Next Best Action in Social Business

Big Data Evangelist, IBM

Social business has such a broad scope that it can be difficult to break it down into component initiatives. The same might be said of next best action. But many organizations have identified both of these as business priorities. So it’s only a matter of time before we all begin to wrestle with the question of overlap.

I’ll take a crack at it. Can next best action further your social business objectives? The answer is yes, and it’s not a huge stretch.

Social business is all about agile stakeholder engagements. These engagements may be between various, shifting combinations of stakeholders: between you and your customers, between your various employees, or between your employees and your partners. What makes any engagement “social” is that it takes place, partially or entirely, on one or more online communities that embody the core principles of social networking.

The core social networking principles are threefold:

  • Does the community rely principally on user-posted content?
  • Does it facilitate engagement through asynchronous publish-and-subscribe interactions among users?
  • Does it support persistence of user posts on a continuously updated shared site?

Ignoring the many differences between real-world socials, these principles underpin the diverse offerings of public socials—such as Facebook, Twitter and LinkedIn—as well as most enterprise, industry-specific and otherwise specialized social communities.

Next best action can indeed be a central component of your social business strategy. Next best action refers to an analytics-powered automation infrastructure that optimizes agile engagements.  In a person-to-person context, agile engagement refers to dynamic human conversations, which can take place across any customer channel, including call centers, retail outlets and, of course, social networks.

In practice, next best action powers social business in either of the following patterns:

  • Outbound engagement: This refers to the practice of monitoring social network traffic for stakeholder intelligence (awareness, sentiment and propensity) and using that feed to trigger next-best-action models that send finely targeted outbound response messages. In a business-to-consumer (B2C) social, inbound intelligence might be used to trigger next-best-action models that target outbound marketing promotions or respond to specific product issues. In an employee-to-employee (E2E) social, the next-best-action models might generate reminders to take particular HR actions by a specific deadline or to address a specific technical issue that an employee is having with a piece of equipment. In a business-to-business (B2B) social, the triggered messages might provide guidance to partners inquiring about the delivery status of particular shipments. In any of these scenarios, the outbound response message might be transmitted inline through the same social where the stakeholder generated the triggering message, or through existing non-social messaging options.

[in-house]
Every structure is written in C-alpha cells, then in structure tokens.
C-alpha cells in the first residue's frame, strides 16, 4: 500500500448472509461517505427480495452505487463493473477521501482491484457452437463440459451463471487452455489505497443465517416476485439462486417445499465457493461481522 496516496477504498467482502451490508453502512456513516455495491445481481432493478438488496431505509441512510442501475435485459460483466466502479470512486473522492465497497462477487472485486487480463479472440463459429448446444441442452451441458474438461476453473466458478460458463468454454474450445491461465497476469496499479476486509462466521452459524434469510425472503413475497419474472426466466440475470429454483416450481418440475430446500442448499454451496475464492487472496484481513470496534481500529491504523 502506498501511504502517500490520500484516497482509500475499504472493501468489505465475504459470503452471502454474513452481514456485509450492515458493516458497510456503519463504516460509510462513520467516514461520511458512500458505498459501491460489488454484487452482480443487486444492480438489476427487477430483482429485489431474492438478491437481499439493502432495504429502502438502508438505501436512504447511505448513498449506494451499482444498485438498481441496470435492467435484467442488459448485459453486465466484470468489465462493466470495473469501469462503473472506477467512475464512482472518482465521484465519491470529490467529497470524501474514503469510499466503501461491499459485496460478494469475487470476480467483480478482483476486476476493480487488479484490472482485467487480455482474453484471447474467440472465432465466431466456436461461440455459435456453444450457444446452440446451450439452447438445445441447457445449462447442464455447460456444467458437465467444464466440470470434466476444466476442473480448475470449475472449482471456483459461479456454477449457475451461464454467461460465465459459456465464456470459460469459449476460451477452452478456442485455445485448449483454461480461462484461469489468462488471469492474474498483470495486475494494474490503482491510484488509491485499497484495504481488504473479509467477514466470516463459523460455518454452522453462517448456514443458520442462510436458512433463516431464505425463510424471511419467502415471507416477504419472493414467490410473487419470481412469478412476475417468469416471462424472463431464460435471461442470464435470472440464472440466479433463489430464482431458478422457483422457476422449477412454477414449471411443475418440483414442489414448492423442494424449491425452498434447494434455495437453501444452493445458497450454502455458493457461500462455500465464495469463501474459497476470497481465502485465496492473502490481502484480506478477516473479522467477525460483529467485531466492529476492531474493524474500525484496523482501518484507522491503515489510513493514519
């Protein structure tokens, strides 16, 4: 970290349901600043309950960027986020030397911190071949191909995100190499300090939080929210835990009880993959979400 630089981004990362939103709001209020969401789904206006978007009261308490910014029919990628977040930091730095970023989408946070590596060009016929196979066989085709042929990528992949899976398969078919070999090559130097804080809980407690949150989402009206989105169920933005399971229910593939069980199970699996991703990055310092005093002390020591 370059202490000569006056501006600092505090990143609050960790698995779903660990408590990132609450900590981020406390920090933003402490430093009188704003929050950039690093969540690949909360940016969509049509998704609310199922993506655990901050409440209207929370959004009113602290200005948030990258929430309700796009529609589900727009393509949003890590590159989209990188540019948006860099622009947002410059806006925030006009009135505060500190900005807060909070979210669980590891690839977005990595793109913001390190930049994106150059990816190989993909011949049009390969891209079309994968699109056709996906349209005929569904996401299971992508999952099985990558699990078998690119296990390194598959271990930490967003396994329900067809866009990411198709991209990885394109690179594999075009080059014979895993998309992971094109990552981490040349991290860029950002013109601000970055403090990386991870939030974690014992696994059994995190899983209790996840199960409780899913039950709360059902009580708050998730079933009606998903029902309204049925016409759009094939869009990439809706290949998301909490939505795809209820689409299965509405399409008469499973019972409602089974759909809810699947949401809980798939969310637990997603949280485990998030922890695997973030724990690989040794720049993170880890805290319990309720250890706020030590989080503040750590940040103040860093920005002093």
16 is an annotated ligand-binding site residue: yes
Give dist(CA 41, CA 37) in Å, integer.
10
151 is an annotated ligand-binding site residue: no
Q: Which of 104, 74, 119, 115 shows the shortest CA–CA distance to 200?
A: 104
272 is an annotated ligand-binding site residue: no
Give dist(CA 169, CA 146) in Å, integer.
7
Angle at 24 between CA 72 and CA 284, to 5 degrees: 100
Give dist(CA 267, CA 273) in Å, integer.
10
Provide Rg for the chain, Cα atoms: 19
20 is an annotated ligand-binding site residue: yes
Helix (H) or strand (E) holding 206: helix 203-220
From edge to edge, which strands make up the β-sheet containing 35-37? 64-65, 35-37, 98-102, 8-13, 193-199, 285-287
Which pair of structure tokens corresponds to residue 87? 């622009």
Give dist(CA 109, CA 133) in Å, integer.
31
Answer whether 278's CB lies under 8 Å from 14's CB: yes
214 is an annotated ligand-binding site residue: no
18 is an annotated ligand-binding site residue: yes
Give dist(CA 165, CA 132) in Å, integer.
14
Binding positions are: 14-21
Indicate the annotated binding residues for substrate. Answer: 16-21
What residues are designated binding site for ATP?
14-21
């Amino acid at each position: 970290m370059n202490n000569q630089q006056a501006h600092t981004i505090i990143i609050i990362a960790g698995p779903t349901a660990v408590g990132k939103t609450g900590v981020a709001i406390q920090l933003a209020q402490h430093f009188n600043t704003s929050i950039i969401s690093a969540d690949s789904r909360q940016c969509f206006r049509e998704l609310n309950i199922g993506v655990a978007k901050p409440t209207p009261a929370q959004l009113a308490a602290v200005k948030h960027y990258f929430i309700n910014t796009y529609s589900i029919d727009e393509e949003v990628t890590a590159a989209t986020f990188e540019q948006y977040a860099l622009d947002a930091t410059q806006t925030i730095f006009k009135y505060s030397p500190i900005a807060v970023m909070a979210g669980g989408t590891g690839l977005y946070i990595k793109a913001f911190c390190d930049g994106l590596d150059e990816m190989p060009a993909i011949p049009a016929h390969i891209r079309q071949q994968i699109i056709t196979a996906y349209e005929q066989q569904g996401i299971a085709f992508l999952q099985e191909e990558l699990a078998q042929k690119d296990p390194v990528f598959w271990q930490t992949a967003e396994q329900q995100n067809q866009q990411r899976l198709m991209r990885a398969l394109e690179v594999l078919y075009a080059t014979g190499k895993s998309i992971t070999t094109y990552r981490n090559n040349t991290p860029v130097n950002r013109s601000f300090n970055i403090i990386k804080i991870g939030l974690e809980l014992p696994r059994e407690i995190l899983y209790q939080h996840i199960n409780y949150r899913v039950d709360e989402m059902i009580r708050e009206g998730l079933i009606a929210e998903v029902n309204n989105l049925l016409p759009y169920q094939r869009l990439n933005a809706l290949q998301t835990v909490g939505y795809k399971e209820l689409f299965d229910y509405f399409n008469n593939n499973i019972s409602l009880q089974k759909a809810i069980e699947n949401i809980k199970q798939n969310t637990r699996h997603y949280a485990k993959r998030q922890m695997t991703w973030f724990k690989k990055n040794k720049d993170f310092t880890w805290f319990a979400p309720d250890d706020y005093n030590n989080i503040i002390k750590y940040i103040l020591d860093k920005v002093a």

• Inbound engagement: This involves tuning social-channel conversations through automatically generated scripts, screens and apps that shape how employees interact with external stakeholders and with each other. In a call center environment, for example, customers interact with channel personnel who speak from online scripts and other guidance that is auto-generated by the next-best-action infrastructure. In social channels, you might have diverse human and automated agents handling diverse interaction scenarios that span a wide range of customer, employee and/or partner segments. Furthermore, you might be orchestrating these social interactions in order to achieve diverse business objectives, such as reducing customer and employee churn, boosting sales and profits, and achieving greater efficiency throughout the supply chain.

Regardless of whether it’s an outbound or inbound engagement scenario, it’s not truly social if it feels like there’s a robot on either end of the conversation. To the extent that you can humanize your next-best-action-powered social channels, you’re likely to boost experience, satisfaction, retention, productivity, efficiency, influence and loyalty all around. The next best action of social engagement must always be to humanize the next thing you say to any stakeholder at any time, even if in reality it’s a bot pretending to be a human or a human reading a bot-scripted response.

How will you individualize, personalize and naturalize every utterance, even those driven by embedded statistical models, business rules and other algorithmic logic? Please read this prior blog for tips on how to keep the human feel in your social business engagements, even as you automate more of the interactions through the power of next best action.

Read James' other posts on next best action


Photo: alexherhead